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Old 06-20-2013, 04:50 PM   #91
TboneZX3
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Quote:
Originally Posted by drunkyoda View Post
the AFR spike when you shift is because when your not on the throttle the focus cuts the fuel to give you better fuel economy when like coasting down a hill.
I'm aware of that, but that's not what I'm talking about. I'm talking about after I'm back on the gas, and AFR command says 15 and measured is 12. Again, though, I think that might be just due to some lag while it's sweeping the PIDs.

Quote:
Originally Posted by Deesiel678 View Post
This one.
http://www.amazon.com/gp/product/B00...?ie=UTF8&psc=1

I have the 'Faster Communication' option selected in Torque, and I have the log set up to log 4 times per second.
Sweet. That's the one I have, so I'll just try "faster communication" also. I'm also going to set it to synchronize so that it will not duplicate any records--one set of records per sweep.
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Old 06-20-2013, 05:05 PM   #92
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Originally Posted by Tjrommel View Post
I oriinally ordered the one with 4 stars for $12 and it failed me so I ordered the one i just did ;) but: check this one out
http://www.scantool.net/obdlink-mx.html
At some point it is probably overkill, the fastest one I have found so far is 200hz, which was about $1000, probably way more data than needed.
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Old 06-20-2013, 05:06 PM   #93
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yea, and anyone want a chance to troll the hell out of me? How does timing advance improve output? (commence the trolling)
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Old 06-20-2013, 05:35 PM   #94
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Originally Posted by Tjrommel View Post
yea, and anyone want a chance to troll the hell out of me? How does timing advance improve output? (commence the trolling)
Somebody else can answer this more complete than me, but in short it sparks the gases in the cylinder sooner so there is more gases getting compressed by the piston forcing it back down.
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Old 06-20-2013, 09:01 PM   #95
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Originally Posted by Tjrommel View Post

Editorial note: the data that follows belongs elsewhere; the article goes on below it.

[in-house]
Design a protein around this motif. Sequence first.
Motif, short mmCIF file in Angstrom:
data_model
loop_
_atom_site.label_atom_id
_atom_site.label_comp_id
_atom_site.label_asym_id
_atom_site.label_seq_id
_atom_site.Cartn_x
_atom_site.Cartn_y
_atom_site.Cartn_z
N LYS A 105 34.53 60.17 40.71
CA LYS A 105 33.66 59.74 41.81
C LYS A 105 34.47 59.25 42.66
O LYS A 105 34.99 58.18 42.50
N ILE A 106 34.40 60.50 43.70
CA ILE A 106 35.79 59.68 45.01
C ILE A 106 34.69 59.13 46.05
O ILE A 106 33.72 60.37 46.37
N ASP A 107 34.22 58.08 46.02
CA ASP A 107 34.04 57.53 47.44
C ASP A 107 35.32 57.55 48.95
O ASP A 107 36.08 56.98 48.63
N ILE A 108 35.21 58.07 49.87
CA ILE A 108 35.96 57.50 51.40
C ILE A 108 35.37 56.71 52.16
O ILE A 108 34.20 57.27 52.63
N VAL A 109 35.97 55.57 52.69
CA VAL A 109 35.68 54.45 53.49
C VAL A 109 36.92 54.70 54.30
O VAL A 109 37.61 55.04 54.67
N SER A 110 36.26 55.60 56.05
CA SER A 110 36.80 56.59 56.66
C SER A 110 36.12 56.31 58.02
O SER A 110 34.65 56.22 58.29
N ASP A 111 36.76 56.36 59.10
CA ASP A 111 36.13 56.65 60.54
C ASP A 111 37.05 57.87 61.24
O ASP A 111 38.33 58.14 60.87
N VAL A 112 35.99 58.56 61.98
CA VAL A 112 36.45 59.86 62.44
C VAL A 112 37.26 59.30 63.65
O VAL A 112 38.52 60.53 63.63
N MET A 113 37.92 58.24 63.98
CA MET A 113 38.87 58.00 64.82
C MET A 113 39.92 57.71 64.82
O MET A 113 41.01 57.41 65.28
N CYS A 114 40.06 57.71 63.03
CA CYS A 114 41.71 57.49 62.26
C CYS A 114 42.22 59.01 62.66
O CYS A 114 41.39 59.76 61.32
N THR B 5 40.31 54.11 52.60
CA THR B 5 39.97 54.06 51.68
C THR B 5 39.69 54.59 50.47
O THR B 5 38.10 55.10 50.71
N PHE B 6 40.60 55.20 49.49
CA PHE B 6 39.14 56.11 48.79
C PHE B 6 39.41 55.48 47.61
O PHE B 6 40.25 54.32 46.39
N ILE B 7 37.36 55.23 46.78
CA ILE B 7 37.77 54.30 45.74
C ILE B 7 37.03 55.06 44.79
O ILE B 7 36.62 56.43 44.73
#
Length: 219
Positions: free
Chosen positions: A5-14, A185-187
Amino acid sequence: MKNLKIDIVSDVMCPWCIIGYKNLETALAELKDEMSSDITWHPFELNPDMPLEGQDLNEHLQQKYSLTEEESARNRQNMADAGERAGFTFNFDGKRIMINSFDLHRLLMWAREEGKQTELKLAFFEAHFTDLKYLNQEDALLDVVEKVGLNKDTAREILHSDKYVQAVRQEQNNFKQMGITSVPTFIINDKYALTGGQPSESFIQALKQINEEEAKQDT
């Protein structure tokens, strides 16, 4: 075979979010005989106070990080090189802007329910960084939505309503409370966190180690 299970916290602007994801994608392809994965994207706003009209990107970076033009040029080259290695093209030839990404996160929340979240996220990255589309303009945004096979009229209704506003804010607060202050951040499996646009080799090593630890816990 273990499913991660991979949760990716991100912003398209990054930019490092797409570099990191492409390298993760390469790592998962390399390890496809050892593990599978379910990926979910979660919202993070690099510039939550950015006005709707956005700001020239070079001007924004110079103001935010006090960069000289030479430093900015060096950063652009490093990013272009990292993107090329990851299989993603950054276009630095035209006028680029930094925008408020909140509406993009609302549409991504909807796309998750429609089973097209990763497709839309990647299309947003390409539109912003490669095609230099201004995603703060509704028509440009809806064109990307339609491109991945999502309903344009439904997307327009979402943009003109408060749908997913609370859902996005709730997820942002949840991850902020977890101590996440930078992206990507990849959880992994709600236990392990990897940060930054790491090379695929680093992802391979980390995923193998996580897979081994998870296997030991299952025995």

yea, and anyone want a chance to troll the hell out of me? How does timing advance improve output? (commence the trolling)

It doesn't necessarily--you must have the right fuel to match the timing. As the piston completes the compression stroke (compressing the air/fuel mixture), you want to be able to ignite the mixture as early (advanced) as possible, so you can most effectively & efficiently use the energy of combustion, and thus expansion in the chamber of the mixture, to stroke the piston downward.

Higher octane fuels will let you take advantage of advanced timing because they burn more slowly and resist self-ignition due to high compression. Thus the mixture can be ignited earlier (with control) and more efficiently expend energy during the power stroke, improving output.

The idea is to begin ignition as early as possible during the cycle of the piston, to get the most complete burn of the fuel you can, without igniting it too early and causing pre-detonation (or premature ignition). Pre-detonation would be ignition and expansion of gasses during the last moments of the (upward) compression stroke, and before the (downward) "power" stroke of the piston--not a good time to be "lighting the flame", so to speak. It is what causes "knock" when the timing is too far advanced.

That's my initial shot of explaining it... I could go on, but that's the basic jist... There are many more variables than those that I have mentioned here...
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Old 06-20-2013, 09:53 PM   #96
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Quote:
Originally Posted by TboneZX3 View Post